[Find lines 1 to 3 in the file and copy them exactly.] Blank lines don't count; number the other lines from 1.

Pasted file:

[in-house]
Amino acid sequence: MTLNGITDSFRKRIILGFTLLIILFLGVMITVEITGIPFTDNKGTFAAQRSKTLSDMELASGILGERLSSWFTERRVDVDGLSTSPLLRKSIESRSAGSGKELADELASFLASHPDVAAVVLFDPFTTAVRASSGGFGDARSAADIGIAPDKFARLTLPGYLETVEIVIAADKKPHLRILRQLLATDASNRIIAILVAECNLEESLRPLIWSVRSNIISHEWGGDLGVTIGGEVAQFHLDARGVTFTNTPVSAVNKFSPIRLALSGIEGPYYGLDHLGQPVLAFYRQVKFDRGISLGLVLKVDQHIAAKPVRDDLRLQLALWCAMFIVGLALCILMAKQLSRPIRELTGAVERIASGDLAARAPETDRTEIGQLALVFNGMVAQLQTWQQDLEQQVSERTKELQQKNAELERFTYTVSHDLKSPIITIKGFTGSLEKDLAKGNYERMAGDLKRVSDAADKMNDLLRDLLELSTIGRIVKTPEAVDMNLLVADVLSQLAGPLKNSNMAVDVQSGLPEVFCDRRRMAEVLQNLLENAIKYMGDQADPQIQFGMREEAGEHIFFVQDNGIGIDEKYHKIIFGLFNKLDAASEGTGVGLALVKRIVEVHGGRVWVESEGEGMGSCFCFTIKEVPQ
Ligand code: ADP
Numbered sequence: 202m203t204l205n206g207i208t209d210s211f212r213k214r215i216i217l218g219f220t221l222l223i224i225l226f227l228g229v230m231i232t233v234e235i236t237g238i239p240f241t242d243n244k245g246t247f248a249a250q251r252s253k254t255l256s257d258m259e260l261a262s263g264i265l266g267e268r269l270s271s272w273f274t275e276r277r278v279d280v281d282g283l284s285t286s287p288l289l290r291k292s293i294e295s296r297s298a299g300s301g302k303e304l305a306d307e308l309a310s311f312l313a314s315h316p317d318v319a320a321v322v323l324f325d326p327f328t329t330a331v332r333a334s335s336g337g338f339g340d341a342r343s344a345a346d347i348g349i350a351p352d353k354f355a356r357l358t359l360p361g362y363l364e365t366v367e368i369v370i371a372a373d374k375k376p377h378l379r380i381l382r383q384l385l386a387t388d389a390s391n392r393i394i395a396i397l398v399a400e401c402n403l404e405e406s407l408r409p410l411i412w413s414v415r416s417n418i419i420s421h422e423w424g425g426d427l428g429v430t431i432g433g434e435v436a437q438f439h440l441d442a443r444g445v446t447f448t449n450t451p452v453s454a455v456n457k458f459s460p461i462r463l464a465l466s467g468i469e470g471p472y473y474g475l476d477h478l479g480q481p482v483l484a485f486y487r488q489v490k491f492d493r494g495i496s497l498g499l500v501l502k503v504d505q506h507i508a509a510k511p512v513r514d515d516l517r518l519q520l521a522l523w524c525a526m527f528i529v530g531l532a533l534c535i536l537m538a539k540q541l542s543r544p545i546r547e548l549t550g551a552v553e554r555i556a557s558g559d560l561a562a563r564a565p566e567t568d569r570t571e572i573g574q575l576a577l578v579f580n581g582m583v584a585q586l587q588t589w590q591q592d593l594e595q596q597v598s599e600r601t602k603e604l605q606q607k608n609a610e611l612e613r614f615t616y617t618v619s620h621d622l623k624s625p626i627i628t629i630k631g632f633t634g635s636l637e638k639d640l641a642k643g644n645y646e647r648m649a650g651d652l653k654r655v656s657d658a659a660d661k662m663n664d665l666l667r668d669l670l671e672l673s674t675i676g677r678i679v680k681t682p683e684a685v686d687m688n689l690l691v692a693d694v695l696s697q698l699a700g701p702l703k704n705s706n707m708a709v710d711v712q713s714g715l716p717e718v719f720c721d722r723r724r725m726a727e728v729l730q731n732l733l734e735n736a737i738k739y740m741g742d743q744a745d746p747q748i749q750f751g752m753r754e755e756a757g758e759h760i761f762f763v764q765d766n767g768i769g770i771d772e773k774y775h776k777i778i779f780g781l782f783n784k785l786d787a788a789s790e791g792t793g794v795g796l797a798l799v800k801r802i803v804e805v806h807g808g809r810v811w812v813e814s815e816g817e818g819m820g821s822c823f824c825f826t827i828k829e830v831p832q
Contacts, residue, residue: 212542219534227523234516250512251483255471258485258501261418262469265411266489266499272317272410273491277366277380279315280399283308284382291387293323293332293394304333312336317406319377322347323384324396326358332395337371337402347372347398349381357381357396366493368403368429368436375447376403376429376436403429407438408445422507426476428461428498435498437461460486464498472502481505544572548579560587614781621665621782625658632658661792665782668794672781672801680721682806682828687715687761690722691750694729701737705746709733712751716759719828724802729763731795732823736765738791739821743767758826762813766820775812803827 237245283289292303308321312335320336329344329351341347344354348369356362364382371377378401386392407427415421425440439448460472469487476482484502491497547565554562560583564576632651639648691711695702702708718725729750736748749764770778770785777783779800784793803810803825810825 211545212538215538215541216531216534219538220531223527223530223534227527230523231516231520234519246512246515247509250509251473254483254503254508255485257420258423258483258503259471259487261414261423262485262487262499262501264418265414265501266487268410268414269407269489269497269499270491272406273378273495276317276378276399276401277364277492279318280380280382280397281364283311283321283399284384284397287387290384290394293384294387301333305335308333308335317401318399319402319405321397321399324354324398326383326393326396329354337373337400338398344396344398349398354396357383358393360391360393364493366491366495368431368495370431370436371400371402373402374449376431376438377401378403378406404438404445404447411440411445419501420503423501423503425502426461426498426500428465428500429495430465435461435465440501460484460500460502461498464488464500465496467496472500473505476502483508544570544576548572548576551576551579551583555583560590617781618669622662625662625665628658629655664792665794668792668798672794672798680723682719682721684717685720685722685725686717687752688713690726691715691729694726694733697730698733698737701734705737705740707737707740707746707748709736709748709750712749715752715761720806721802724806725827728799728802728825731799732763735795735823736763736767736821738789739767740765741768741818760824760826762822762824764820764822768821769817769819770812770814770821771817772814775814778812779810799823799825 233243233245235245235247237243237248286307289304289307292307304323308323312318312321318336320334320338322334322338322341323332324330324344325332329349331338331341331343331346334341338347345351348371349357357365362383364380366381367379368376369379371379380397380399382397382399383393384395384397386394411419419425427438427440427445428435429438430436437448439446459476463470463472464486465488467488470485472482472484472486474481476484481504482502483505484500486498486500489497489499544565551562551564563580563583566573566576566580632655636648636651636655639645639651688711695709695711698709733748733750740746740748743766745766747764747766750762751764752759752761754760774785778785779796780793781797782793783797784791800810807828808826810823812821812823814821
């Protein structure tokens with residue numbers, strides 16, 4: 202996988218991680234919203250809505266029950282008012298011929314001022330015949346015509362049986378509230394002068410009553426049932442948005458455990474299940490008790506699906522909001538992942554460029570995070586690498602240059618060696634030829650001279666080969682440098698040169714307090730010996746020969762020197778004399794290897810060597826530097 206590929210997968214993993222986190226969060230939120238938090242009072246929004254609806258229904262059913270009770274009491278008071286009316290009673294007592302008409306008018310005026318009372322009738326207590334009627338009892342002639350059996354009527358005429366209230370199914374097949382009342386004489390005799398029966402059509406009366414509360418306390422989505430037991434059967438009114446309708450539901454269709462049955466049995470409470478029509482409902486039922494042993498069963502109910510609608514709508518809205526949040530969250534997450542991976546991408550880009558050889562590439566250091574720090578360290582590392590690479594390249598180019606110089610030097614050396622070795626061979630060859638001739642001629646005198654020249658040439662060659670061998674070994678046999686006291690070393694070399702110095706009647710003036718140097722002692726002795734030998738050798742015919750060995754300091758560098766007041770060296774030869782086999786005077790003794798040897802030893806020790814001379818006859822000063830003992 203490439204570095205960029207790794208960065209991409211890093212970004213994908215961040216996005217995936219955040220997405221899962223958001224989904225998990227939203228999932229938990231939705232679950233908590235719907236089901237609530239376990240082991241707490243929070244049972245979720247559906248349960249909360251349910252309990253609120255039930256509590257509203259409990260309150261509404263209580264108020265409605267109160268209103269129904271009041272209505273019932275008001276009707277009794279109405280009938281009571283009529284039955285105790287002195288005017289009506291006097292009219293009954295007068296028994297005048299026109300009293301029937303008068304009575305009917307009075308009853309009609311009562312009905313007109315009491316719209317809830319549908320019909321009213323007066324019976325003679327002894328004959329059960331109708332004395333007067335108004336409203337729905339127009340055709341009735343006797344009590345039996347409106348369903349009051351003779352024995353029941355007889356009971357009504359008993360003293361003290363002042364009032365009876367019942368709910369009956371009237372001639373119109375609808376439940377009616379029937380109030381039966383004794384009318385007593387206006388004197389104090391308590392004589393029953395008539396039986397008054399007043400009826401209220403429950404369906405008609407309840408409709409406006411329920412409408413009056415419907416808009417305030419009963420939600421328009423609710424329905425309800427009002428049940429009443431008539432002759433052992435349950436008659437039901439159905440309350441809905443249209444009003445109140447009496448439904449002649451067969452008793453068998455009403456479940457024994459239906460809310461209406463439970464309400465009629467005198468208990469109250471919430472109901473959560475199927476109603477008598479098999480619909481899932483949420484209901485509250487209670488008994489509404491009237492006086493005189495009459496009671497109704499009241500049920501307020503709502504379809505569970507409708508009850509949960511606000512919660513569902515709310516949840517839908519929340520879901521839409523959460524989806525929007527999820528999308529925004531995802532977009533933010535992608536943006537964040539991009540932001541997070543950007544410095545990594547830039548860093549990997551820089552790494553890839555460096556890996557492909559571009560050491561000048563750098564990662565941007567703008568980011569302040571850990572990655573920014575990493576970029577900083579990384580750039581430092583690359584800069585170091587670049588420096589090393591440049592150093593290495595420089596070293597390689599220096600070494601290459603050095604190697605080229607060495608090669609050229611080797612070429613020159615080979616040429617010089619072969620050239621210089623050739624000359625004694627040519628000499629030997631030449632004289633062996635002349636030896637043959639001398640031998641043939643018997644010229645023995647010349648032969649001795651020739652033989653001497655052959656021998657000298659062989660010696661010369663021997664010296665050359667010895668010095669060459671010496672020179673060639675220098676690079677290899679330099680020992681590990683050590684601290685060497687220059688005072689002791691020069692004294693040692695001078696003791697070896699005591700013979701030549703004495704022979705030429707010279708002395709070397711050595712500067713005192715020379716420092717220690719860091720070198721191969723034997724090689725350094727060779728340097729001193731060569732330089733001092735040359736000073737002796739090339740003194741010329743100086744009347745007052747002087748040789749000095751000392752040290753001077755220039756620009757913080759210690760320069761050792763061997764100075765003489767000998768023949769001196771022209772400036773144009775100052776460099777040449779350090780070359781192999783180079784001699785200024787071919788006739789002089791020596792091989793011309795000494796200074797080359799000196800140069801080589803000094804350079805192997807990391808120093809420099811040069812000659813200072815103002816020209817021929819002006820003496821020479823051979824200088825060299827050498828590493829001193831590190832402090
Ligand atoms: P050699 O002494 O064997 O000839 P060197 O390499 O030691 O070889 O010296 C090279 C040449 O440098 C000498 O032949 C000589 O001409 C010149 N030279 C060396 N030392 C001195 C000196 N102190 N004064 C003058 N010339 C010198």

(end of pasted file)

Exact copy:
[in-house]
Amino acid sequence: MTLNGITDSFRKRIILGFTLLIILFLGVMITVEITGIPFTDNKGTFAAQRSKTLSDMELASGILGERLSSWFTERRVDVDGLSTSPLLRKSIESRSAGSGKELADELASFLASHPDVAAVVLFDPFTTAVRASSGGFGDARSAADIGIAPDKFARLTLPGYLETVEIVIAADKKPHLRILRQLLATDASNRIIAILVAECNLEESLRPLIWSVRSNIISHEWGGDLGVTIGGEVAQFHLDARGVTFTNTPVSAVNKFSPIRLALSGIEGPYYGLDHLGQPVLAFYRQVKFDRGISLGLVLKVDQHIAAKPVRDDLRLQLALWCAMFIVGLALCILMAKQLSRPIRELTGAVERIASGDLAARAPETDRTEIGQLALVFNGMVAQLQTWQQDLEQQVSERTKELQQKNAELERFTYTVSHDLKSPIITIKGFTGSLEKDLAKGNYERMAGDLKRVSDAADKMNDLLRDLLELSTIGRIVKTPEAVDMNLLVADVLSQLAGPLKNSNMAVDVQSGLPEVFCDRRRMAEVLQNLLENAIKYMGDQADPQIQFGMREEAGEHIFFVQDNGIGIDEKYHKIIFGLFNKLDAASEGTGVGLALVKRIVEVHGGRVWVESEGEGMGSCFCFTIKEVPQ
Ligand code: ADP